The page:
What I am trying to say is that students have a lot of choice built into the implementation of the standards.  The pacing and curriculum (what I would rather term the progression of standards instruction calendar or the frequency of instructing on each standard and the means by which you reach standard mastery) should be flexible enough to adapt instructional practices based on multiple data points (formative light, formative full-bodied and anecdotal).  If we can demonstrate masatery fo our profession, we should be able to deviate from the line so long as we are well aware that we are accountable for the line.

So the question for me, and I think you raised this very deftly, is what are the many ways that we give students agency in their learning process?  It is not a false-summative, tokenistic assessment tacked on to their end of course acheivement test; and I do not think it is by everyone flipping the classroom (though done properly is fabulous).  It is deeper than that I think.  We have to change our role all together in the equation.  As we diminish in dominating the agency in the classroom and empower kids to manage their own learning (developing their voice) we have created a vacuum that can be filled with independent thinkers. 

So that begs another question that I think is the flipside of the coin, as we increase the agency of students in our formal and informal learning environments, how do we redesign the role of the teacher?  You honestly cannot address the issue of student voice without also addressing the issue of teacher voice.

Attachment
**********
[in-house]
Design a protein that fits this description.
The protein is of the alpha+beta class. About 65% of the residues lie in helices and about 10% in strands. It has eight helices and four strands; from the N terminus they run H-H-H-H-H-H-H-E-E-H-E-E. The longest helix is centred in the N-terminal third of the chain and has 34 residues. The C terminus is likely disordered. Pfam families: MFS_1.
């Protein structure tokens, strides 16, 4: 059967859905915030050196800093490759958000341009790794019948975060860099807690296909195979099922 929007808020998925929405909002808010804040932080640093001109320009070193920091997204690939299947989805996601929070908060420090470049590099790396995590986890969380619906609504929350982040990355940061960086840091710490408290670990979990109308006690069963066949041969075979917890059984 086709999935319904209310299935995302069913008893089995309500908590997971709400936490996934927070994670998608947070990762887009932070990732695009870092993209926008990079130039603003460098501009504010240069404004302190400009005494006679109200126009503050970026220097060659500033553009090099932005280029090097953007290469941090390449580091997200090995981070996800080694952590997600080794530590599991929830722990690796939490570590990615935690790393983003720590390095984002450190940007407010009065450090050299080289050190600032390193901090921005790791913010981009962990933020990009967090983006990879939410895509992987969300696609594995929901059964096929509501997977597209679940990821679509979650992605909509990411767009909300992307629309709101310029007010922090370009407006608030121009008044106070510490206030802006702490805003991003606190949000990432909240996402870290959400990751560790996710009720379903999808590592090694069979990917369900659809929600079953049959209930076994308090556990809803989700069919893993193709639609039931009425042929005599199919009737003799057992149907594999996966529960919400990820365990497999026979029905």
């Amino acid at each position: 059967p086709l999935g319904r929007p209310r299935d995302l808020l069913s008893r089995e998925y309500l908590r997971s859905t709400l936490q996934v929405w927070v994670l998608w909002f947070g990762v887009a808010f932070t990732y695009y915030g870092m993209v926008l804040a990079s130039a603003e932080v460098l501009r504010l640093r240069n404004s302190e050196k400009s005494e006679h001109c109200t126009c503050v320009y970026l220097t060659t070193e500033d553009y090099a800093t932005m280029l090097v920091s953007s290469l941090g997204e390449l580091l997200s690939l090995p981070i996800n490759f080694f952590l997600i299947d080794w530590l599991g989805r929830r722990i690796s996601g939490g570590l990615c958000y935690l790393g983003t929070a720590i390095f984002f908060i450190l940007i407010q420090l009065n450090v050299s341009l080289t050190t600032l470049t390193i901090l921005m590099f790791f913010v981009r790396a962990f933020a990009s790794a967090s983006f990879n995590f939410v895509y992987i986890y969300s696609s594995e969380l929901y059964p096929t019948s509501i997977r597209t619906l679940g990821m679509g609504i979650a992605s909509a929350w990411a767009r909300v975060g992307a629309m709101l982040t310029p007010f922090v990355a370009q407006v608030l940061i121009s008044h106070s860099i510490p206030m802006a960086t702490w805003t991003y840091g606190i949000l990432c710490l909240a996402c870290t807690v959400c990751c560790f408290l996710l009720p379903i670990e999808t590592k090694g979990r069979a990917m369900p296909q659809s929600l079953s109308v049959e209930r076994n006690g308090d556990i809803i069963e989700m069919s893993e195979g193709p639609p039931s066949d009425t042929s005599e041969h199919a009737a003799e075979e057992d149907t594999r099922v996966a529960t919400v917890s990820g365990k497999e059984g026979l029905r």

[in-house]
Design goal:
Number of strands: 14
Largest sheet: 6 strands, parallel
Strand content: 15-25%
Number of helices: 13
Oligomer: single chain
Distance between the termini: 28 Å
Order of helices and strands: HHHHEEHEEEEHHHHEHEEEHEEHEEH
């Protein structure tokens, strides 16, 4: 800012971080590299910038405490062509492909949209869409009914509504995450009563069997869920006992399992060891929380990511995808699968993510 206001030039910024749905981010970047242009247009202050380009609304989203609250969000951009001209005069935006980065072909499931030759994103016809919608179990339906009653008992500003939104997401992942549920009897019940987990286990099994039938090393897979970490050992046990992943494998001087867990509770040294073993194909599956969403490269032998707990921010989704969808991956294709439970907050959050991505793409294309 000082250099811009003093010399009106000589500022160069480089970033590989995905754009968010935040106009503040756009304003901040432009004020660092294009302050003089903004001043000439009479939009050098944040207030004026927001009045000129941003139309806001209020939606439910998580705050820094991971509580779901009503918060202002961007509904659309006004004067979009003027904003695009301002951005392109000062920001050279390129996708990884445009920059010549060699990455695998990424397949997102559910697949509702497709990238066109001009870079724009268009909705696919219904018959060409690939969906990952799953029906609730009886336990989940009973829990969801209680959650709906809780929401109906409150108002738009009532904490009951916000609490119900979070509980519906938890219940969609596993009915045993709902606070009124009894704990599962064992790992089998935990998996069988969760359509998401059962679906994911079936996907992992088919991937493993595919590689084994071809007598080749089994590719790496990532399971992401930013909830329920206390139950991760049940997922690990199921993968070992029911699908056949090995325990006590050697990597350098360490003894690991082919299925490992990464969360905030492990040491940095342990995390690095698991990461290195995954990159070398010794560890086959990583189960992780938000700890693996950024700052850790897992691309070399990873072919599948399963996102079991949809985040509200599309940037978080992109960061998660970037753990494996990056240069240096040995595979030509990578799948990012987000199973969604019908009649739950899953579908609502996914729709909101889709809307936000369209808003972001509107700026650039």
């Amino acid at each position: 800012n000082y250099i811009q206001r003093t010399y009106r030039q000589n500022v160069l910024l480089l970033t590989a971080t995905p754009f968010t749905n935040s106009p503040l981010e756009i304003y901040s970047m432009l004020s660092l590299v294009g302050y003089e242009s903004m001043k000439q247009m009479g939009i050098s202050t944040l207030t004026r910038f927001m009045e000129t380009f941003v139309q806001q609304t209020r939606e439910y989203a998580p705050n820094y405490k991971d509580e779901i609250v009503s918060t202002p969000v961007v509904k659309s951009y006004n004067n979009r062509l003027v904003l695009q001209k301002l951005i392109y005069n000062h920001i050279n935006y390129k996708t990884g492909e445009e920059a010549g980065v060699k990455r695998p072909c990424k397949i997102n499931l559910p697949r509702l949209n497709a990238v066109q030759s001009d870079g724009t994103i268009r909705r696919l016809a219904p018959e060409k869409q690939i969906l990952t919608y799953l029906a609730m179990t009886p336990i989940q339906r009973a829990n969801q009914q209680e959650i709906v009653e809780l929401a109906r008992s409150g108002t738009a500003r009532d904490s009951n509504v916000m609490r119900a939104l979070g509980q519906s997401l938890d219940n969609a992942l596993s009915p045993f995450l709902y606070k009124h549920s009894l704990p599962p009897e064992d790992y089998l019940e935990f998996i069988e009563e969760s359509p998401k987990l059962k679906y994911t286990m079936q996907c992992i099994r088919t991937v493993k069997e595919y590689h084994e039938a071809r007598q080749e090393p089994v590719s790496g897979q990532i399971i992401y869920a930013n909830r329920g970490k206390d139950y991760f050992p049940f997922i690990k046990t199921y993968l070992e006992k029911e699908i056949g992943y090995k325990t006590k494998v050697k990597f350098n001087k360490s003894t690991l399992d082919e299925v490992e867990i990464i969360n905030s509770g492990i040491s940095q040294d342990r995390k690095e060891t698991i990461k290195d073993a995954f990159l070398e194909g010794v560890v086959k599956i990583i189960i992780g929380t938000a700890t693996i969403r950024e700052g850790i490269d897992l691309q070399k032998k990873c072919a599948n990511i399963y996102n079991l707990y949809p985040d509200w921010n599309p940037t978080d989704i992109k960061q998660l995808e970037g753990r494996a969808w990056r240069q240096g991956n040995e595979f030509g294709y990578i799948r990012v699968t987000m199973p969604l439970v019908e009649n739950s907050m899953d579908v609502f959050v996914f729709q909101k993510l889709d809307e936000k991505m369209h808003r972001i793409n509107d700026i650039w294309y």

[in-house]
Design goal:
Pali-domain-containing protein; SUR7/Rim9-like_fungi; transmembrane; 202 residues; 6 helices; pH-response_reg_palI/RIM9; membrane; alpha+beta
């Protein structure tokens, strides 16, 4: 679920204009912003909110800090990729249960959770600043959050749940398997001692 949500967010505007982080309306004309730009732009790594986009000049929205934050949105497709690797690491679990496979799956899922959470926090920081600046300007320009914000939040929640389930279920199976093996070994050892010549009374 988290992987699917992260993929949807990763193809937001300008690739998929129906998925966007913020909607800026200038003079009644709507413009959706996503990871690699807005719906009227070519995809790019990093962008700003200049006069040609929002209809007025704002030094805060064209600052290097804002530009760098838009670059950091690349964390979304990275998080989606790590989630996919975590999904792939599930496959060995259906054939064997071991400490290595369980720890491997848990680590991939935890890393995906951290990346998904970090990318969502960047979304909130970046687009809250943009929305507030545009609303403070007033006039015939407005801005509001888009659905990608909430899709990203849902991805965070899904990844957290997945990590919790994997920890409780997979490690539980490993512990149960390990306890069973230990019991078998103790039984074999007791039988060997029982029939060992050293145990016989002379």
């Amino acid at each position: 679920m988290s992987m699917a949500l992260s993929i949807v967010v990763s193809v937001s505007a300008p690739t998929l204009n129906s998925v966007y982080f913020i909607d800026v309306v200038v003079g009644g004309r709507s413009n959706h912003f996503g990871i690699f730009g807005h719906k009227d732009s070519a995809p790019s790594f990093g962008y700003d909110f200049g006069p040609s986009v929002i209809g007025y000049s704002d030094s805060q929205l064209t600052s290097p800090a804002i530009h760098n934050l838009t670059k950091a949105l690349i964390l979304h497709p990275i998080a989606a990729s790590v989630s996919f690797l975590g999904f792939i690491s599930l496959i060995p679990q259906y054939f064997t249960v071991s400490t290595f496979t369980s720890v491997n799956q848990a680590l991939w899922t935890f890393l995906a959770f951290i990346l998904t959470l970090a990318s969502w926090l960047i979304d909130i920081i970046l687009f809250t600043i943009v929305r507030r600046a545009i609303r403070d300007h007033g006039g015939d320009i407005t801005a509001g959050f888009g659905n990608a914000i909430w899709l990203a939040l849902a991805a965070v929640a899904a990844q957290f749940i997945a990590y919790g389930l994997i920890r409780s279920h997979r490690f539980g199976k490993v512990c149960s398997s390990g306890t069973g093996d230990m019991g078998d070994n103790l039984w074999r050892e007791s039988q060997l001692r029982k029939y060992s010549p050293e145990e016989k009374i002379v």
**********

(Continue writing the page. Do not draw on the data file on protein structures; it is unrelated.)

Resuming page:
Kelly Stidham commented on November 5, 2013 at 2:14pm:

Listening more closely

Have you all seen the student lab work from BIF?  They asked students to use design thinking model to build their own school, provide feedback to teachers, and other projects.  Mind blowing stuff.

Susan Graham commented on November 7, 2013 at 7:54pm:

Tough but Fair

I taught for years before I had the courage to ask my students to grade their own performance on projects because I thought I'd have to argue with them. I did, they were harder on themselves than I had been.

That made me realize that I owed to them to let them assess me. Project assessments and written assessments regularly asked, "What did you learn that mattered?" "What do you think you'll remember five years from now?" "What would you suggest I do differently if I'm teaching this lesson to your friend next semester?"

One of the greatest compliment I a teacher can get is "Tough but fair." I figure we owe kids the same level of respect.

Brianna Crowley commented on November 8, 2013 at 7:32pm:

Scary... in a good way!

This post was like the echo of my own thoughts materialized in your comments. This is exactly the direction my practice has evolved--I regularly ask my students to provide feedback on what they learned, how they learn best, and what I can do to make it better next time. 

I've also always said that I want to be remembered as a teacher who was ALWAYS fair and also "tough" because I challenged my students every day to reach farther than they thought they could.